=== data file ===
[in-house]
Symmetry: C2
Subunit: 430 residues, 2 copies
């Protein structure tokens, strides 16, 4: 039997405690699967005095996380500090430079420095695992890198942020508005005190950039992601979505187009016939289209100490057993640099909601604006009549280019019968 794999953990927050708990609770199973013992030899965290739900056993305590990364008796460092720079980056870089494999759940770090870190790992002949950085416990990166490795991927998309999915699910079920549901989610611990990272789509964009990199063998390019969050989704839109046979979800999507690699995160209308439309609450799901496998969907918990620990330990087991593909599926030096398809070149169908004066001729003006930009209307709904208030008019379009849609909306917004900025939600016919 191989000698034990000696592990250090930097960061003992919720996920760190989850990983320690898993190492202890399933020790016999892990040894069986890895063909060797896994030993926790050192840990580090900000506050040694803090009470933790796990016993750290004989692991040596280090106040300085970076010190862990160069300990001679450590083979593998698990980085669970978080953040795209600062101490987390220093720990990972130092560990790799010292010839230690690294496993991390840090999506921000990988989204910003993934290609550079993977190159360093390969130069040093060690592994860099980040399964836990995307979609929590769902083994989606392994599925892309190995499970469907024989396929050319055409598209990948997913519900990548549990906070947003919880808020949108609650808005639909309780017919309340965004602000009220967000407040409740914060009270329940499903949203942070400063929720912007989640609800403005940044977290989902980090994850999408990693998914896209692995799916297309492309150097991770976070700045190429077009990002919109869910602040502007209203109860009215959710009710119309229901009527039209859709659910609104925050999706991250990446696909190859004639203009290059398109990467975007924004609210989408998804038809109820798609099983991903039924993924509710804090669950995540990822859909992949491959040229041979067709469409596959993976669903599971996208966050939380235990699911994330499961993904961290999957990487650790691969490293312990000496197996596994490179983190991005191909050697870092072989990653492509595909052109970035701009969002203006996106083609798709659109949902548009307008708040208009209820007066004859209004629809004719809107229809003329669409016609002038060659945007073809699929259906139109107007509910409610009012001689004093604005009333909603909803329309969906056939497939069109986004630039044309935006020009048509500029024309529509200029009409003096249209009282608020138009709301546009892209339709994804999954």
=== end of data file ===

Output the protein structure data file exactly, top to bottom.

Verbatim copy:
[in-house]
Symmetry: C2
Subunit: 430 residues, 2 copies
């Protein structure tokens, strides 16, 4: 039997405690699967005095996380500090430079420095695992890198942020508005005190950039992601979505187009016939289209100490057993640099909601604006009549280019019968 794999953990927050708990609770199973013992030899965290739900056993305590990364008796460092720079980056870089494999759940770090870190790992002949950085416990990166490795991927998309999915699910079920549901989610611990990272789509964009990199063998390019969050989704839109046979979800999507690699995160209308439309609450799901496998969907918990620990330990087991593909599926030096398809070149169908004066001729003006930009209307709904208030008019379009849609909306917004900025939600016919 191989000698034990000696592990250090930097960061003992919720996920760190989850990983320690898993190492202890399933020790016999892990040894069986890895063909060797896994030993926790050192840990580090900000506050040694803090009470933790796990016993750290004989692991040596280090106040300085970076010190862990160069300990001679450590083979593998698990980085669970978080953040795209600062101490987390220093720990990972130092560990790799010292010839230690690294496993991390840090999506921000990988989204910003993934290609550079993977190159360093390969130069040093060690592994860099980040399964836990995307979609929590769902083994989606392994599925892309190995499970469907024989396929050319055409598209990948997913519900990548549990906070947003919880808020949108609650808005639909309780017919309340965004602000009220967000407040409740914060009270329940499903949203942070400063929720912007989640609800403005940044977290989902980090994850999408990693998914896209692995799916297309492309150097991770976070700045190429077009990002919109869910602040502007209203109860009215959710009710119309229901009527039209859709659910609104925050999706991250990446696909190859004639203009290059398109990467975007924004609210989408998804038809109820798609099983991903039924993924509710804090669950995540990822859909992949491959040229041979067709469409596959993976669903599971996208966050939380235990699911994330499961993904961290999957990487650790691969490293312990000496197996596994490179983190991005191909050697870092072989990653492509595909052109970035701009969002203006996106083609798709659109949902548009307008708040208009209820007066004859209004629809004719809107229809003329669409016609002038060659945007073809699929259906139109107007509910409610009012001689004093604005009333909603909803329309969906056939497939069109986004630039044309935006020009048509500029024309529509200029009409003096249209009282608020138009709301546009892209339709994804999954």